Sponsored Content

This article is part of a paid Content Partnership with the advertiser, ONS. Daily Voice has no involvement in the writing of the article and the statements and opinions contained in it are solely those of the advertiser.

To learn more about Content Partnerships, click here.

How To Avoid Hand And Wrist Injuries This Winter

Winter sports, slippery sidewalks and snow blowers pose risks to many parts of the body, but hands and wrists in particular take a beating when temperatures plummet and snow accumulates, according to David Wei, MD, hand, wrist and elbow expert at Orthopaedic and Neurosurgery Specialists.

Dr. David Wei of Orthopaedic and Neurosurgery Specialists.

Dr. David Wei of Orthopaedic and Neurosurgery Specialists.

Photo Credit: ONS

“The most common upper-extremity injury in the winter months occurs when people extend their arms in front of them to break a fall when they slip on the ice or while engaging in a winter sport,” said Dr. Wei, who noted that several injuries can result from this reflexive action.

If the fall occurs while skiing, the skier can suffer a condition known as Skier’s Thumb if they land with the ski pole still in their hand.

When this happens, the ulnar collateral ligament of the thumb, located at the base of the thumb, can get strained or tear. A simple strain can be managed with a thumb stabilization brace, over-the-counter anti-inflammatory medications such as Aleve and ice. Surgery may be necessary to reattach the ligament if a complete rupture has occurred and the thumb is unstable.

Compression, or buckle fractures, of the wrist can also result from an outstretched arm during a fall. If this occurs near the growth plate in a child, a wrist cast or brace will allow the bone to heal in three to four weeks. In comparison, for adults fractures generally take about six weeks to heal. If a more complicated fracture occurs where both bones of the forearm break and there is severe deformity of the forearm, the entire arm–including the elbow–may need to be casted.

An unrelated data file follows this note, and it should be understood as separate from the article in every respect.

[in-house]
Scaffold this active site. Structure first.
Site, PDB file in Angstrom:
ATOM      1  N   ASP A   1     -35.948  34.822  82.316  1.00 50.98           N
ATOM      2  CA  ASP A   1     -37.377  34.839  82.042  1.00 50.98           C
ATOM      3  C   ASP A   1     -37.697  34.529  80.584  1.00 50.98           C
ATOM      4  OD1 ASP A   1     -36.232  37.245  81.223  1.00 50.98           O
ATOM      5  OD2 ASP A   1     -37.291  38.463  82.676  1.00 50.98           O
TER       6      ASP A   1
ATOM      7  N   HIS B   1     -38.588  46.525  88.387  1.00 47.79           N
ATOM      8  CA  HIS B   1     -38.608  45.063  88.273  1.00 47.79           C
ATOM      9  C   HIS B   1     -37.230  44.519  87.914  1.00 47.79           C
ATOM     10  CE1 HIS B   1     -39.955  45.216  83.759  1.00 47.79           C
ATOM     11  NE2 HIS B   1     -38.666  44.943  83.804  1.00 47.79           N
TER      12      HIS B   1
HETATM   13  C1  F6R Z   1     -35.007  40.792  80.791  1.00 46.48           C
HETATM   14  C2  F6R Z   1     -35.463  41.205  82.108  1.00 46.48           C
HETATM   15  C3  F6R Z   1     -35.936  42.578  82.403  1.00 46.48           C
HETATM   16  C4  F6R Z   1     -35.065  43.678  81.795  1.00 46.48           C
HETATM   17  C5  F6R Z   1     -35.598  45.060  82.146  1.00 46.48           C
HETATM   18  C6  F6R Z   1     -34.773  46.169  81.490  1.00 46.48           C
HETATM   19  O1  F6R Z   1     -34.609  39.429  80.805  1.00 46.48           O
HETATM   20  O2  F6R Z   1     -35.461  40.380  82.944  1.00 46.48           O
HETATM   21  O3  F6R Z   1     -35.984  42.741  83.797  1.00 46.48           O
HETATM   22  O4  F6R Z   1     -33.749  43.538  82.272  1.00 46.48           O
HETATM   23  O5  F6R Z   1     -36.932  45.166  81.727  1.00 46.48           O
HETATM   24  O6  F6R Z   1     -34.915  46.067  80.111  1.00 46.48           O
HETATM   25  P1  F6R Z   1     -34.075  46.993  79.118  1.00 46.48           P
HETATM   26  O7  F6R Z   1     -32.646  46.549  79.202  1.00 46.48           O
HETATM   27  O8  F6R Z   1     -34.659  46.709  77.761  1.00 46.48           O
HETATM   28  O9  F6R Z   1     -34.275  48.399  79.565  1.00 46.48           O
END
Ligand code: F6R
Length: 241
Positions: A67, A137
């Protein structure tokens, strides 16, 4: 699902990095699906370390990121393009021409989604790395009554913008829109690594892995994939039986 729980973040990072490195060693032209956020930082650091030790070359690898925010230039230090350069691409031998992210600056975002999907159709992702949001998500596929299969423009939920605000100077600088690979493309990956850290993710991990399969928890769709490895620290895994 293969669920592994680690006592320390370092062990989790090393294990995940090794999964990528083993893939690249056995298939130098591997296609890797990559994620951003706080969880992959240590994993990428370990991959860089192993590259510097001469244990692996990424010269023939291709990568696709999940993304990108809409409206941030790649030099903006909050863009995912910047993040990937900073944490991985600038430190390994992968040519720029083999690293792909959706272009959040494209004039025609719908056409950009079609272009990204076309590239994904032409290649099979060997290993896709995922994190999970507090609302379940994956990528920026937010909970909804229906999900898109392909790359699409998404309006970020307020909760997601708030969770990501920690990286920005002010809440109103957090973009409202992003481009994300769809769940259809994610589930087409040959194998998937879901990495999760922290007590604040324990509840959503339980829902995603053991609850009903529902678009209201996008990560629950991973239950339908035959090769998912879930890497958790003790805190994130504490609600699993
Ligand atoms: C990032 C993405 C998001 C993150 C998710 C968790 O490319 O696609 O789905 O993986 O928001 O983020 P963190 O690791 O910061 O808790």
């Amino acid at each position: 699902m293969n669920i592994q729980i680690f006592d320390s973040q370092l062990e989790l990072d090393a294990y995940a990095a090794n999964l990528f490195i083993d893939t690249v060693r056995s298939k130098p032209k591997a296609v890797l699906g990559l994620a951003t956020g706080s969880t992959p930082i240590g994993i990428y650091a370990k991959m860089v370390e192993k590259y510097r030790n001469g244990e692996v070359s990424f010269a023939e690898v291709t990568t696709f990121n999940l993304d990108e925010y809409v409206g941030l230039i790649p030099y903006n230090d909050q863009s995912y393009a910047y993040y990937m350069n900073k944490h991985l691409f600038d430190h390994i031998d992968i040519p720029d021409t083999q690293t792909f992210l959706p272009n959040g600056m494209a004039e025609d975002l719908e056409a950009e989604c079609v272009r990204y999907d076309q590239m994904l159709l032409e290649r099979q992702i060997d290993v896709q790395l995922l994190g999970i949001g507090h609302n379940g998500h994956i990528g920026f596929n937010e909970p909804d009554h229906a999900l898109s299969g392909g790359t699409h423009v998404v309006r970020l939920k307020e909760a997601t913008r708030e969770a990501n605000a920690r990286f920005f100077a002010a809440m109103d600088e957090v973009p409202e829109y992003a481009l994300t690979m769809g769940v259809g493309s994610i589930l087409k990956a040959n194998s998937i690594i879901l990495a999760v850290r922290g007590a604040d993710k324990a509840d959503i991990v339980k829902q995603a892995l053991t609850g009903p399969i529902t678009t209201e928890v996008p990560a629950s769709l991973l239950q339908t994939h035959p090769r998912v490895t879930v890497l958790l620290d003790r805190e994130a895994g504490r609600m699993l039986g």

According to Dr. Wei, one way to minimize these injuries is to try to land on your forearms instead of using your hands to break a fall. Wrist guards may also provide additional protection for snowboarders and skiers. When possible, falling backwards, or uphill, may reduce the risk of higher impact injuries to the arms and hands. Finally, be mindful that skiers and snowboarders should refrain from attempting terrain that is above their ability, and, importantly, when you are fatigued, remember to take frequent breaks or call it quits.

“Many of these injuries can be treated at an orthopedic urgent-care facility,” said Dr. Wei. ONS offers after-hours, walk-in urgent orthopedic care at its Greenwich office from Monday through Friday, 5 p.m. to 8 p.m. and on Saturday from noon to 4 p.m.

However, a trip to the emergency department is essential if the injury proves to be more severe, such as the ones that may occur with improper use of a snow blower. “The rotor at the bottom of the blower can get jammed from debris, such as a newspaper under the snow in a driveway,” said Dr. Wei. “People lose fingers by reaching in between the blades to remove the blockage. When the blades suddenly are free, they can continue to spin like a loaded spring injuring anything in its path.”

If such an event happens, the best course of action to save any amputated parts by wrapping them in gauze soaked with clean water and placing them in a sealed plastic bag. The sealed bag should then be put into another bag that is filled with ice. The patient should be transported immediately to an emergency department for evaluation and treatment by a specialty-trained hand and microvascular surgeon.

To learn more about Dr. Wei and hand, wrist and elbow conditions visit